Project Motion

By: Caio Santos, Rebecca Bortolami and Lucas Cruz
In: Sports and AI
2023, March 20

Surf performance analysis.

The growth in the use of technology applied to sports in recent years is notorious, we have clear examples such as soccer, football, tennis, and other mainstream sports. However, there has been a lack of technology applications in surfing, despite its market size value in 2021 of USD 3.97 billion and an expected revenue forecast of USD 5.47 billion by 2028 [1]. This lack of technology application in surfing creates an opportunity with tremendous potential for meeting the latent market demand.

Our project focuses on exploring technologies capable of measuring and analyzing the performance of surf athletes. Using inertial sensors and pose estimation algorithms, we can obtain relevant data from the athlete during the sport, such as acceleration, rotation, and angles between body members. This data allows us to reconstruct the path and positioning of the athlete in a virtual environment, enabling a detailed analysis of their performance and generating new insights for possible improvements.

With the consolidation of data capture, we open up a wide range of options on how to use this information. For example, we can:

  • Compare perfomance between heats

  • Create an athlete evolution timeline

  • Compare performance between athletes

  • Cross performance data with sea conditions

  • Cross performance data with different equipment, such as boards&fins

Among many other hypotheses that can be visualized and validated.

Overall, our project aims to enhance the technology applied in surfing to improve the athletes' performance, increase the sport's popularity, and meet the market demand for innovative solutions.


Surfing, as a practical sport in the open sea, faces several unusual difficulties, such as the need for equipment with adequate water and salinity protection, the uncontrollability of sea and climate conditions, as well as frequent variation in location of competitions. To solve these challenges, we look for innovative ways to approach these situations using recent and little explored technologies in surfing.

A challenge in analyzing surfing performance is the lack of open-source categorized data. This is due to the fact that surfing is a sport that has not yet been explored much in technological means. As a result, capturing and recording surf sessions and categorizing the data with relevant information, can be difficult. This makes it challenging to perform comprehensive analysis and develop AI models for the sport.

What we’ve accomplished so far

Our team has made significant progress in analyzing surfing performance by exploring various technologies. Currently, we have established two main strands of analysis:

  • Inertial Sensor Measurements (IMMUs)

Inertial Measurement Units (IMMUs) are electronic devices that use accelerometers, gyroscopes, and magnetometers to measure and report a body's specific force, angular rate, and orientation. Our analysis relies on wearable, high-accuracy inertial sensors that are lightweight, portable, and suitable for the maritime environment. Real-time data visualization is also possible.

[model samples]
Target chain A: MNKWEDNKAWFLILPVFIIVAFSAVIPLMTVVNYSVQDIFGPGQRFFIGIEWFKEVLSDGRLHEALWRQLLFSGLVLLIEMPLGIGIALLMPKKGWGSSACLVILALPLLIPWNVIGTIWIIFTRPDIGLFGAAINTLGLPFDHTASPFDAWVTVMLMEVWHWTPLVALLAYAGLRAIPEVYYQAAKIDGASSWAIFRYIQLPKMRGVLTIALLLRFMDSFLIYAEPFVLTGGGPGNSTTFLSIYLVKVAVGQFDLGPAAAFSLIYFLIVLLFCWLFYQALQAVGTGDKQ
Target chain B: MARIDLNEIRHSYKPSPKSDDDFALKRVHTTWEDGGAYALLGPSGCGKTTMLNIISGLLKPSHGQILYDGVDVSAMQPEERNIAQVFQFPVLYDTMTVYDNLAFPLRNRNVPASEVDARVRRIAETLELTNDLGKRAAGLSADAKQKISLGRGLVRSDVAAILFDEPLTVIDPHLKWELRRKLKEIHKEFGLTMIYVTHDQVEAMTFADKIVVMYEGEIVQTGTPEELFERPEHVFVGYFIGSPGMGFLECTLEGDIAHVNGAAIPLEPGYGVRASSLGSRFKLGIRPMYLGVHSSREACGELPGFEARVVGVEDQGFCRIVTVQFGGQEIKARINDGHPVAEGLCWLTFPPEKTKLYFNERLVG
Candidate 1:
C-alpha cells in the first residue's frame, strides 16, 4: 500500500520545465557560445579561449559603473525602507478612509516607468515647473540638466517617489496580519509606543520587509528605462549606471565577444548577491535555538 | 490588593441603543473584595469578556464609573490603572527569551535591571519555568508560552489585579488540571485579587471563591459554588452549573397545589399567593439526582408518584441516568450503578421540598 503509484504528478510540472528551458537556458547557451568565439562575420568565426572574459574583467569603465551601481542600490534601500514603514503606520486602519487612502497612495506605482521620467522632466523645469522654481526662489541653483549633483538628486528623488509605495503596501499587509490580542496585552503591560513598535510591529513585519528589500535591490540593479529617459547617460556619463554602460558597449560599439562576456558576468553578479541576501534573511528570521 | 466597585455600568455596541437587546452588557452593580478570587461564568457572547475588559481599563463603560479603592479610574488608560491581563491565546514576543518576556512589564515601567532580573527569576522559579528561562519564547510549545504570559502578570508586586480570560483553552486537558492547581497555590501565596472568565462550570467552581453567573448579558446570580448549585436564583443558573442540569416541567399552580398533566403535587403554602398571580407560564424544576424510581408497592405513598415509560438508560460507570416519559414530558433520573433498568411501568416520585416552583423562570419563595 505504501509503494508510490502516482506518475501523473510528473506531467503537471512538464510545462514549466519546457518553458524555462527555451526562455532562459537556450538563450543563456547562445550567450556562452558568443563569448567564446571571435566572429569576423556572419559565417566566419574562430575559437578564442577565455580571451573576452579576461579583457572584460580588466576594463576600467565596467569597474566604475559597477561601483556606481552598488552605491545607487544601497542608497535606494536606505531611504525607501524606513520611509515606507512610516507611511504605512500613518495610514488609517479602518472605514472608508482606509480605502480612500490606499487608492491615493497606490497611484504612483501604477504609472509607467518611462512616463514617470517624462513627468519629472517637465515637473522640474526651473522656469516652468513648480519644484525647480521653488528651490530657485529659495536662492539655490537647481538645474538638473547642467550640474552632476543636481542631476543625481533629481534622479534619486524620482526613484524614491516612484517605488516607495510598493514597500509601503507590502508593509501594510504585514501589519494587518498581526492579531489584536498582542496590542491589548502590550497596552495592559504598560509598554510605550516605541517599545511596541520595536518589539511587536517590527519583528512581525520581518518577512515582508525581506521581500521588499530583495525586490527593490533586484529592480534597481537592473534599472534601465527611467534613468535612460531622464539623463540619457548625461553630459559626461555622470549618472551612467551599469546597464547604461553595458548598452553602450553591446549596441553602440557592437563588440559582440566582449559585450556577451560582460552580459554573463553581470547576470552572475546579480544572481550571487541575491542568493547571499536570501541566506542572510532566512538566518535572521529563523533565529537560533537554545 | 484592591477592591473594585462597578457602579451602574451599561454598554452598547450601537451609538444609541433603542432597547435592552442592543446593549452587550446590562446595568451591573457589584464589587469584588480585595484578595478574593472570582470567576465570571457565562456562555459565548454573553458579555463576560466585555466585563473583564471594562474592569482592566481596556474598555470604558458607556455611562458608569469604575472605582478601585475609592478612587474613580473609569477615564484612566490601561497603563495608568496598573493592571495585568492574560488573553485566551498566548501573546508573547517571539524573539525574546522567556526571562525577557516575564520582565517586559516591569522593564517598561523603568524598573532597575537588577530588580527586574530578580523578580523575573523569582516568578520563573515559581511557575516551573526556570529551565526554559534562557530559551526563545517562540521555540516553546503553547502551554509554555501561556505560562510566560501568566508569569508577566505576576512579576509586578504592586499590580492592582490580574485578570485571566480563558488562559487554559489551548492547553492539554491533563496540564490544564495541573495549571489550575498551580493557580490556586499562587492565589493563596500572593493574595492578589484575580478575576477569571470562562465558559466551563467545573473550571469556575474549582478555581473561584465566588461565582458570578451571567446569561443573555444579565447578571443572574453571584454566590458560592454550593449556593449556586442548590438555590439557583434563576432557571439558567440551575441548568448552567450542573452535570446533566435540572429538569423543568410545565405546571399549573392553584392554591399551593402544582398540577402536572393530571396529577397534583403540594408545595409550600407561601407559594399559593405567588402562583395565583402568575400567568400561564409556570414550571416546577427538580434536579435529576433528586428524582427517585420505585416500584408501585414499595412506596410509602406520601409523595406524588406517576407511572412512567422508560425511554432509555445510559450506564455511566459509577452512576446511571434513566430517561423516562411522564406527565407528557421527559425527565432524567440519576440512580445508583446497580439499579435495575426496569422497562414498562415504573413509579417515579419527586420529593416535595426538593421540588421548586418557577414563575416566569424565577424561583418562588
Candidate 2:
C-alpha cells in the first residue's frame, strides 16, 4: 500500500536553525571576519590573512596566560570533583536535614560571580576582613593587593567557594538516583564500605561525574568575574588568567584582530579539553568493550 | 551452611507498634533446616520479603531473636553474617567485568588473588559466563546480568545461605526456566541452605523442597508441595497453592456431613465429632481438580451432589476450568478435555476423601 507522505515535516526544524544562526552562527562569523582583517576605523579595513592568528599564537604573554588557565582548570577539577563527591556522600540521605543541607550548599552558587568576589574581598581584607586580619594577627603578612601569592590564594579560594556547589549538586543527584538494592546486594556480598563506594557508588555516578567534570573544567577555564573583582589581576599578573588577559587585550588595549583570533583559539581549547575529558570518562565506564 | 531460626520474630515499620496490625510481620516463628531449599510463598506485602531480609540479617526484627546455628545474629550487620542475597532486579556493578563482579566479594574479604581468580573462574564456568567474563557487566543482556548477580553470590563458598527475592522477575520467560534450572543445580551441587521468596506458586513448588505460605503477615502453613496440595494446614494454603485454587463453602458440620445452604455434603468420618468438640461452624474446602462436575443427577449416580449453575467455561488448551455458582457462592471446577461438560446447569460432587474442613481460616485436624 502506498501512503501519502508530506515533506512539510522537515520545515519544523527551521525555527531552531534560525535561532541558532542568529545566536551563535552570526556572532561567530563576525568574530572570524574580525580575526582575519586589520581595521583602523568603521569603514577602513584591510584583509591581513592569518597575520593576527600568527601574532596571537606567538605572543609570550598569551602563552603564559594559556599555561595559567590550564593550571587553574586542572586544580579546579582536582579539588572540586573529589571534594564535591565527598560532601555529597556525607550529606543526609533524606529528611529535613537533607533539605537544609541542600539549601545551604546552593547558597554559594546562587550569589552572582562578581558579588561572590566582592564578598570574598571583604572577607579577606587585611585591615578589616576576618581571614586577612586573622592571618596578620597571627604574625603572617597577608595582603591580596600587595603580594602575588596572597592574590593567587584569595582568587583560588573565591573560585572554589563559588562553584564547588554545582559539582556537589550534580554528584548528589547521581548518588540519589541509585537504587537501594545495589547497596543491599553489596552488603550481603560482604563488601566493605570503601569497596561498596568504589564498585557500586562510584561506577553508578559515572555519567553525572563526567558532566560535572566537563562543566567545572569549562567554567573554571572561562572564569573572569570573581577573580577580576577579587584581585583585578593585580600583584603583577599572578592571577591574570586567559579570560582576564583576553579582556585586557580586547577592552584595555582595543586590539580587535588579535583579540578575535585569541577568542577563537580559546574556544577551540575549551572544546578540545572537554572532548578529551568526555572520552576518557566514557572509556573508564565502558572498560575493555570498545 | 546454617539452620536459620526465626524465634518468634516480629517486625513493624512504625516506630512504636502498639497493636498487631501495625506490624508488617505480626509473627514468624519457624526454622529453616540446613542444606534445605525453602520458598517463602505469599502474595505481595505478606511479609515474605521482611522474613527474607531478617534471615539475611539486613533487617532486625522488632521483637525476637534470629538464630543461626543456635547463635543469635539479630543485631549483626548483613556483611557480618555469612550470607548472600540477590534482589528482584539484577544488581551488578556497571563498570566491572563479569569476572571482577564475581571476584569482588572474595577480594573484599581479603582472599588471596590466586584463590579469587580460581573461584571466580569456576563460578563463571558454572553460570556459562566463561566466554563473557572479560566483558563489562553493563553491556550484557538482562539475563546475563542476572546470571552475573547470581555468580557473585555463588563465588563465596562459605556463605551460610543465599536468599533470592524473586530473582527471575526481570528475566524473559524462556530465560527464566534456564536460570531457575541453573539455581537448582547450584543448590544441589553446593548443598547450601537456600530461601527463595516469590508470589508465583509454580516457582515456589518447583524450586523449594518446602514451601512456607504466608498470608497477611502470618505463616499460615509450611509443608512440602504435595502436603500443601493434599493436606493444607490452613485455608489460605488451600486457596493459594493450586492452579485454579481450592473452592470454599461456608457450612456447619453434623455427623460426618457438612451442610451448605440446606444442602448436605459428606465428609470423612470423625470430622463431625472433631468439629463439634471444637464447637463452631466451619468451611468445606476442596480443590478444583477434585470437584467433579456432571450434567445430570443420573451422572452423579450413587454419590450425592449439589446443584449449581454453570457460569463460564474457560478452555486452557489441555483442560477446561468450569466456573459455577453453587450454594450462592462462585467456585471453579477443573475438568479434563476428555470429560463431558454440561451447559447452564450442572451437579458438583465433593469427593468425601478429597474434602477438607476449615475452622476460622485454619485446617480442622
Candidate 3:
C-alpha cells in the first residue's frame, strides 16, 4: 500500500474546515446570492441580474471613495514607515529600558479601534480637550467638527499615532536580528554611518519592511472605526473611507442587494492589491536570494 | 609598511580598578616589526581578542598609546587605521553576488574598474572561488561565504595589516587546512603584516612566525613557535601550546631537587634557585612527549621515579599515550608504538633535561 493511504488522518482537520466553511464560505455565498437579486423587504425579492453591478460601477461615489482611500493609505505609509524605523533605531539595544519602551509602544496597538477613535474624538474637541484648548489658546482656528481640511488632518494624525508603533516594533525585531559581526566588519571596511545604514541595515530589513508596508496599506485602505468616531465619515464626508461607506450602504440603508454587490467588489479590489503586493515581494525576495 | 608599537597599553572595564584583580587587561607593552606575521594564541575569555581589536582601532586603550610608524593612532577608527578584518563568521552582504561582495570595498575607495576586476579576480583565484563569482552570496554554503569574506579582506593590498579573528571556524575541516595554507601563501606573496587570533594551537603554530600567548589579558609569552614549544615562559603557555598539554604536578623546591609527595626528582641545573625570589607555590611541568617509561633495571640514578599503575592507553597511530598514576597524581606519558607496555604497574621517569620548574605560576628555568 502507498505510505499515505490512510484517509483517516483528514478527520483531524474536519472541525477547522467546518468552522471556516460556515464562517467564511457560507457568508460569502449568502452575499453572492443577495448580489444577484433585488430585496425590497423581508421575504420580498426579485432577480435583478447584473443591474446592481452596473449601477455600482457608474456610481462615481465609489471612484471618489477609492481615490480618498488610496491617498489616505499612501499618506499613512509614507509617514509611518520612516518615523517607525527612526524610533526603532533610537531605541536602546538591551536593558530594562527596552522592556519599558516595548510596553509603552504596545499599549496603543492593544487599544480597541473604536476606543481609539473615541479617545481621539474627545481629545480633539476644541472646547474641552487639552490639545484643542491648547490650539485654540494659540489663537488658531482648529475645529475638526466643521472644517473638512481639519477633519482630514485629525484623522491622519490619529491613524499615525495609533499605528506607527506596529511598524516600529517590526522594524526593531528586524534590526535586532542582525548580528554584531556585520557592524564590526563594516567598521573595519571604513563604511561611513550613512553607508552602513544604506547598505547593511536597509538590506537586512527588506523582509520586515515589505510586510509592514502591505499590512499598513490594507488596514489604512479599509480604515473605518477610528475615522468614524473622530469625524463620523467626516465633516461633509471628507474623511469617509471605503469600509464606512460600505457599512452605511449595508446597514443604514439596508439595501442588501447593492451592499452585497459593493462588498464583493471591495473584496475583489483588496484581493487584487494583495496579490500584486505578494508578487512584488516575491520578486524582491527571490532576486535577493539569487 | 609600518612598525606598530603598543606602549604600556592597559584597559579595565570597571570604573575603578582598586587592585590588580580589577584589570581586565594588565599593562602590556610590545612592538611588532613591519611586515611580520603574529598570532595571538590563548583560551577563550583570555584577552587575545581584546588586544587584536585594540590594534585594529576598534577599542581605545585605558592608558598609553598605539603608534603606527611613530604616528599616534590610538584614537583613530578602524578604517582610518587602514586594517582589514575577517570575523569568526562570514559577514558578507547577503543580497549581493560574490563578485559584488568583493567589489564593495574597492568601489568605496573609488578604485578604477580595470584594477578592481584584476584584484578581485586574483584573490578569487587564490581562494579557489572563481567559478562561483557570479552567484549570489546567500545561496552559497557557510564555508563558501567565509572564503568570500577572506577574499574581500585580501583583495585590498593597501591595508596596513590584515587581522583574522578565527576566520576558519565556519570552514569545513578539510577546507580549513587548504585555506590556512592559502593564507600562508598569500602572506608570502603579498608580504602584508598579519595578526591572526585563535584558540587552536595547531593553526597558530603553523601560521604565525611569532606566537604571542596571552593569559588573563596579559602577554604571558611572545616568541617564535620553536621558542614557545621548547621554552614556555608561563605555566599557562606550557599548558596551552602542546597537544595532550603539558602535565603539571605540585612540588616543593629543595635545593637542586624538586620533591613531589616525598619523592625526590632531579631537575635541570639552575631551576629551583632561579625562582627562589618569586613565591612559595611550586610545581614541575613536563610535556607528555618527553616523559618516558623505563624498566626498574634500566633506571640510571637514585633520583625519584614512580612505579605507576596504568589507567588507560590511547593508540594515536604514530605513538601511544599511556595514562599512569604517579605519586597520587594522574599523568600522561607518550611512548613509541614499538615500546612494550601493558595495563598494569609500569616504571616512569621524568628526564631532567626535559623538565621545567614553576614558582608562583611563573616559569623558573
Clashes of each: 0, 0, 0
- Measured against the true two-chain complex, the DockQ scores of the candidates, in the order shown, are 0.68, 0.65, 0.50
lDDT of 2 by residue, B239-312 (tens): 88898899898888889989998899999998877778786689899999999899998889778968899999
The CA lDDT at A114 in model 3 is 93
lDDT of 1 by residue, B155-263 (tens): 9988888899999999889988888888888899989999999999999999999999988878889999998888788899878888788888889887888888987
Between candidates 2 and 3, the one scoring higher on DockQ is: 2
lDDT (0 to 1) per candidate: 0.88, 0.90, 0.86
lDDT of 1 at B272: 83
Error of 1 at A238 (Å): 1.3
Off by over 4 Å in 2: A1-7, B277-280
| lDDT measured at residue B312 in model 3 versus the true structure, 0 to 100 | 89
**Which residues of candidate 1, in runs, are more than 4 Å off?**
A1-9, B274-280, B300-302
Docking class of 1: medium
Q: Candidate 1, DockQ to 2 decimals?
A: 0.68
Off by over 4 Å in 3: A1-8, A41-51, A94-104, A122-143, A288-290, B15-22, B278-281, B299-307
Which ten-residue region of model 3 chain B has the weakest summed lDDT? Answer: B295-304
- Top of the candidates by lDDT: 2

• Computer Vision

Computer Vision is a subfield of Artificial Intelligence (AI) that allows us to extract meaningful information from digital images and videos. Our analysis employs object detection algorithms to identify the athlete in the image, and Human Pose Estimation algorithms to classify and locate the joints in the human body.

We consider these two technologies to be complementary since Inertial Sensors provide more precise measurements that are not dependent on clear visualization of the athlete, whereas Computer Vision offers a less expensive and more convenient solution that can be applied to past recordings of surf batteries.

Overall, our team's analysis of surfing performance combines the power of Inertial Sensors and Computer Vision, resulting in a comprehensive and accurate understanding of the athlete's movements during surfing.


  • Pedro Scooby

One significant milestone of the project was monitoring the athlete Pedro Scooby during his return to surfing big waves in Nazaré after his injury. The athlete was monitored and filmed using advanced technology such as drones, underwater cameras, and land-based cameras. This milestone is associated with the production of a film that showcases our technology and positions Hurb as a leader in innovation and technology.

  • Davizinho Radical

Davizinho is a two-time adapted surfing world champion and a recent addition to Hurb's team of athletes. Our goal is to assist in the development of this athlete, who aspires to become the first athlete in his category to surf giant waves in Nazaré, Portugal. With our advanced technology and expertise in surfing performance analysis, we believe we can help Davizinho achieve his goals and make a significant impact in the surfing community. Moving forward, we are committed to continuing our research and development efforts to push the boundaries of technology in the surfing industry. By partnering with athletes like Pedro Scooby and Davizinho, we hope to demonstrate the power of our technology and cement our position as a leader in innovation and technology in the surfing world.

Caio Santos

Research and development engineer
Nuclear Engineering - UFRJ - Federal University of Rio de Janeiro

Rebecca Bortolami

Service and Graphic Design
ESDI - Industrial Design College (Escola Superior de Desenho Industrial da UERJ)

Lucas Cruz

Research and development engineer
Electrical and Computer Engineering - UFRJ - Federal University of Rio de Janeiro